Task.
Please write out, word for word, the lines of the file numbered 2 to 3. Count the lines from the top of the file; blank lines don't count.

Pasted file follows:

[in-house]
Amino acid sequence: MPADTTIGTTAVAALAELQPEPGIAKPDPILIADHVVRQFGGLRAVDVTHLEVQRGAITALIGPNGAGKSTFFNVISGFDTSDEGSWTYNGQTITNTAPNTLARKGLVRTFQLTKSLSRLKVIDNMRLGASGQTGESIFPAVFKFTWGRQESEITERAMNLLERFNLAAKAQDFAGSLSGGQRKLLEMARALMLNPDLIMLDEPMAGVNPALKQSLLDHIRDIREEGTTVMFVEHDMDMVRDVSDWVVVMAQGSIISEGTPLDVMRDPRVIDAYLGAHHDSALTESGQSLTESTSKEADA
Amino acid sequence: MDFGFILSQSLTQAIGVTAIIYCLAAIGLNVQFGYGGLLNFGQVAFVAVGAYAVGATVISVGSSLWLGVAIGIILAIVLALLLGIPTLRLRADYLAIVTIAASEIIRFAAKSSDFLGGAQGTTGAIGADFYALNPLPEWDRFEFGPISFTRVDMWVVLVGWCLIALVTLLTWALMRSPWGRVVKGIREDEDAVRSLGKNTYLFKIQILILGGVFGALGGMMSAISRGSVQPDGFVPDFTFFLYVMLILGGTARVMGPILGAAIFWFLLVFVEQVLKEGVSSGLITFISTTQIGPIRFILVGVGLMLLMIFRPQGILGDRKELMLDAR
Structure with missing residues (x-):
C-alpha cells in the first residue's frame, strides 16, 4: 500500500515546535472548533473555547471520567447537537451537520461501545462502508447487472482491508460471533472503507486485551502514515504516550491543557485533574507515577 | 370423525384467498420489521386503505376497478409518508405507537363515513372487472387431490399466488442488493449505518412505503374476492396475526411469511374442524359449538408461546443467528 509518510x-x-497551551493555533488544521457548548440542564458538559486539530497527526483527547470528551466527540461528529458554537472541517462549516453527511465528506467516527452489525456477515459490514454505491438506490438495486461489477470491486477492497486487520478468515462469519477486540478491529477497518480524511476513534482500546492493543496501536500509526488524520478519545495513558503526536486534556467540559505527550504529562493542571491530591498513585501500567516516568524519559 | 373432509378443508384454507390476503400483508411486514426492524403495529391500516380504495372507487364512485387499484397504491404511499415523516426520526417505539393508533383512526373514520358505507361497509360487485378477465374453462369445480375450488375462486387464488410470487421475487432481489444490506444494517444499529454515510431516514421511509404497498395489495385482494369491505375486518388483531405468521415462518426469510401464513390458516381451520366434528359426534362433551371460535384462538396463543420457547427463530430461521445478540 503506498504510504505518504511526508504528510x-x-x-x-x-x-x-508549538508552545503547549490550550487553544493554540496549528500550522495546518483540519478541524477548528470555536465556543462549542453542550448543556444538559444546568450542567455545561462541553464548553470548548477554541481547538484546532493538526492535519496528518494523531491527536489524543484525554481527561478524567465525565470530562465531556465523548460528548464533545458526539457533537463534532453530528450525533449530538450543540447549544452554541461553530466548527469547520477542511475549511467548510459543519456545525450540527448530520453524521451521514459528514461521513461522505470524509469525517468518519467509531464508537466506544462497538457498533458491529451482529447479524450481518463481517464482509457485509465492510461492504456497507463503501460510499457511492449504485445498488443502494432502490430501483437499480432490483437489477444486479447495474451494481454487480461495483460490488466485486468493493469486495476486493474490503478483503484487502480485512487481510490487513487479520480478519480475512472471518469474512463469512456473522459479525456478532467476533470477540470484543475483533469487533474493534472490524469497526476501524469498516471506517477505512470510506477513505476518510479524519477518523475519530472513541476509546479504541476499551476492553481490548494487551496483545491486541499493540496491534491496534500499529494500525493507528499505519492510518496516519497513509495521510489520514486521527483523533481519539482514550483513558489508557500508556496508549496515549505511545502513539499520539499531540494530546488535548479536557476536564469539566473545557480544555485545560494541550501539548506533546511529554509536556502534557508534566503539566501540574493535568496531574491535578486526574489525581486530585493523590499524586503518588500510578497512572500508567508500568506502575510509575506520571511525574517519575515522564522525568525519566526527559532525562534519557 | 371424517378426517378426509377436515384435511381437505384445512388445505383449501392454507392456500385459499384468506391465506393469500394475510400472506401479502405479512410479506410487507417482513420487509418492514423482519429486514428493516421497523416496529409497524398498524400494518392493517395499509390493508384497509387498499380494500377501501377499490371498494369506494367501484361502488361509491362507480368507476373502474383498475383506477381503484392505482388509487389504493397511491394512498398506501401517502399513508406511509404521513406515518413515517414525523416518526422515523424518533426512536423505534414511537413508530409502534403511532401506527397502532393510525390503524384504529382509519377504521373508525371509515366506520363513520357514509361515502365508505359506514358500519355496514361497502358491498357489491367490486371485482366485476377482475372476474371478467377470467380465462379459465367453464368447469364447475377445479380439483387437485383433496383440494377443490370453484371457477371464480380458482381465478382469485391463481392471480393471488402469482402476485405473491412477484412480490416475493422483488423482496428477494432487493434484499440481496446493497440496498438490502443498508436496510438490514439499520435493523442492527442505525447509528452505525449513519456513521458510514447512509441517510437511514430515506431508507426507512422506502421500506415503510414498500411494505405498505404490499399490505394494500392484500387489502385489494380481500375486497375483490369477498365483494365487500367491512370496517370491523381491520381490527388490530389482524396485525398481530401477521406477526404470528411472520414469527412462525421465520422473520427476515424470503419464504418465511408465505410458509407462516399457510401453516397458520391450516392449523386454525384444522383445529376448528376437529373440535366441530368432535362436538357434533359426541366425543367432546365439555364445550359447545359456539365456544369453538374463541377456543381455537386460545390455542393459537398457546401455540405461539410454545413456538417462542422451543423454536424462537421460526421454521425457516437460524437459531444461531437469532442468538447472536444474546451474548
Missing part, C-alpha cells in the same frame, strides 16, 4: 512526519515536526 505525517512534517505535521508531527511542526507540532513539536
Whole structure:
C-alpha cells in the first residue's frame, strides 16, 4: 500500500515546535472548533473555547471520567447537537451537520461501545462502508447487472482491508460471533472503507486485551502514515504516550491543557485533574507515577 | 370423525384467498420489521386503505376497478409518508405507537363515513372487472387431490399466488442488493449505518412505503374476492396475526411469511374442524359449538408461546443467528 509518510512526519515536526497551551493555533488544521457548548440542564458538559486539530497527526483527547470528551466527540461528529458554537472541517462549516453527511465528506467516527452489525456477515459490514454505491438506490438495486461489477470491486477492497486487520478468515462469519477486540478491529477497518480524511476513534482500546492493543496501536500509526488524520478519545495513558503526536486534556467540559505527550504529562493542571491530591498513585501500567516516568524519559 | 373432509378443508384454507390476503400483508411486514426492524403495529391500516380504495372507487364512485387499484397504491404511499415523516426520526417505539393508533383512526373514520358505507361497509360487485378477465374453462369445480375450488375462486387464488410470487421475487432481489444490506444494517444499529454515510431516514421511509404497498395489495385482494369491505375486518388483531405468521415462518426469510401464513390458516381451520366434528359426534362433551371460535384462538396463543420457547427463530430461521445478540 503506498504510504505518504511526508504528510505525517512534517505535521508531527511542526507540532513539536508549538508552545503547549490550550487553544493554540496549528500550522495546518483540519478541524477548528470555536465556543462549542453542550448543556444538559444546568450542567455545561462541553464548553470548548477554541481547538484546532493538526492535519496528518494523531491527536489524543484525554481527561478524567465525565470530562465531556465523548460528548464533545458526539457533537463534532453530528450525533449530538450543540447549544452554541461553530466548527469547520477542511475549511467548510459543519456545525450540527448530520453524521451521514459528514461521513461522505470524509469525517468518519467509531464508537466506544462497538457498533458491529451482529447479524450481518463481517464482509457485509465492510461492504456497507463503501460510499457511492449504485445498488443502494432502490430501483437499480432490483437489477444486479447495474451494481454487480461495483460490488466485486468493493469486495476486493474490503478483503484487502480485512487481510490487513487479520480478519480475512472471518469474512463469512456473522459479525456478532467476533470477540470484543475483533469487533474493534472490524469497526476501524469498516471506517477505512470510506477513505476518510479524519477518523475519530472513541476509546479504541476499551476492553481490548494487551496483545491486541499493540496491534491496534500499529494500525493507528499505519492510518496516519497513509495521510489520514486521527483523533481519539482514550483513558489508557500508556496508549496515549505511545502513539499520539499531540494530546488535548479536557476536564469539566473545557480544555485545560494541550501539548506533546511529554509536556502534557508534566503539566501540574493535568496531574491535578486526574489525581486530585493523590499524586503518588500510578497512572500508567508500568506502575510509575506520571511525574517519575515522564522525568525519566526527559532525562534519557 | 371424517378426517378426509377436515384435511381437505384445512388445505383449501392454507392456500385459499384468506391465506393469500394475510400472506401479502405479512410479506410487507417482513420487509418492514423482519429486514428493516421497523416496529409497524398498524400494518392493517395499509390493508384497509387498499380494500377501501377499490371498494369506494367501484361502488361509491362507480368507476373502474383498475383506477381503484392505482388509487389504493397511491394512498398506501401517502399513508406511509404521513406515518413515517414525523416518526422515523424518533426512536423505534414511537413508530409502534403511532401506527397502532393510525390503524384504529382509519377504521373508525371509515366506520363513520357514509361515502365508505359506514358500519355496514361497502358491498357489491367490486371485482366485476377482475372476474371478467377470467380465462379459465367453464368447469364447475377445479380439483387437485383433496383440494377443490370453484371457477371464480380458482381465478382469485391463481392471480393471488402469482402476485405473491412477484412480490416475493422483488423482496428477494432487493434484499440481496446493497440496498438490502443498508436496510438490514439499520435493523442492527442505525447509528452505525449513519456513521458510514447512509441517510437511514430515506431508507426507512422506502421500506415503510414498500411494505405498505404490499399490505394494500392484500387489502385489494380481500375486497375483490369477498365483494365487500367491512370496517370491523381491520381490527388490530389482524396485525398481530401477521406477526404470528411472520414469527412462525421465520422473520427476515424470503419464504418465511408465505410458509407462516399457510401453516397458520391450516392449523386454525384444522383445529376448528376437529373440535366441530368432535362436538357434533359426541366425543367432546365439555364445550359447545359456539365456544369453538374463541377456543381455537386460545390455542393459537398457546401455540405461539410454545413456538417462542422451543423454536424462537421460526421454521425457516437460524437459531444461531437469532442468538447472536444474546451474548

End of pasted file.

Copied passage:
Amino acid sequence: MPADTTIGTTAVAALAELQPEPGIAKPDPILIADHVVRQFGGLRAVDVTHLEVQRGAITALIGPNGAGKSTFFNVISGFDTSDEGSWTYNGQTITNTAPNTLARKGLVRTFQLTKSLSRLKVIDNMRLGASGQTGESIFPAVFKFTWGRQESEITERAMNLLERFNLAAKAQDFAGSLSGGQRKLLEMARALMLNPDLIMLDEPMAGVNPALKQSLLDHIRDIREEGTTVMFVEHDMDMVRDVSDWVVVMAQGSIISEGTPLDVMRDPRVIDAYLGAHHDSALTESGQSLTESTSKEADA
Amino acid sequence: MDFGFILSQSLTQAIGVTAIIYCLAAIGLNVQFGYGGLLNFGQVAFVAVGAYAVGATVISVGSSLWLGVAIGIILAIVLALLLGIPTLRLRADYLAIVTIAASEIIRFAAKSSDFLGGAQGTTGAIGADFYALNPLPEWDRFEFGPISFTRVDMWVVLVGWCLIALVTLLTWALMRSPWGRVVKGIREDEDAVRSLGKNTYLFKIQILILGGVFGALGGMMSAISRGSVQPDGFVPDFTFFLYVMLILGGTARVMGPILGAAIFWFLLVFVEQVLKEGVSSGLITFISTTQIGPIRFILVGVGLMLLMIFRPQGILGDRKELMLDAR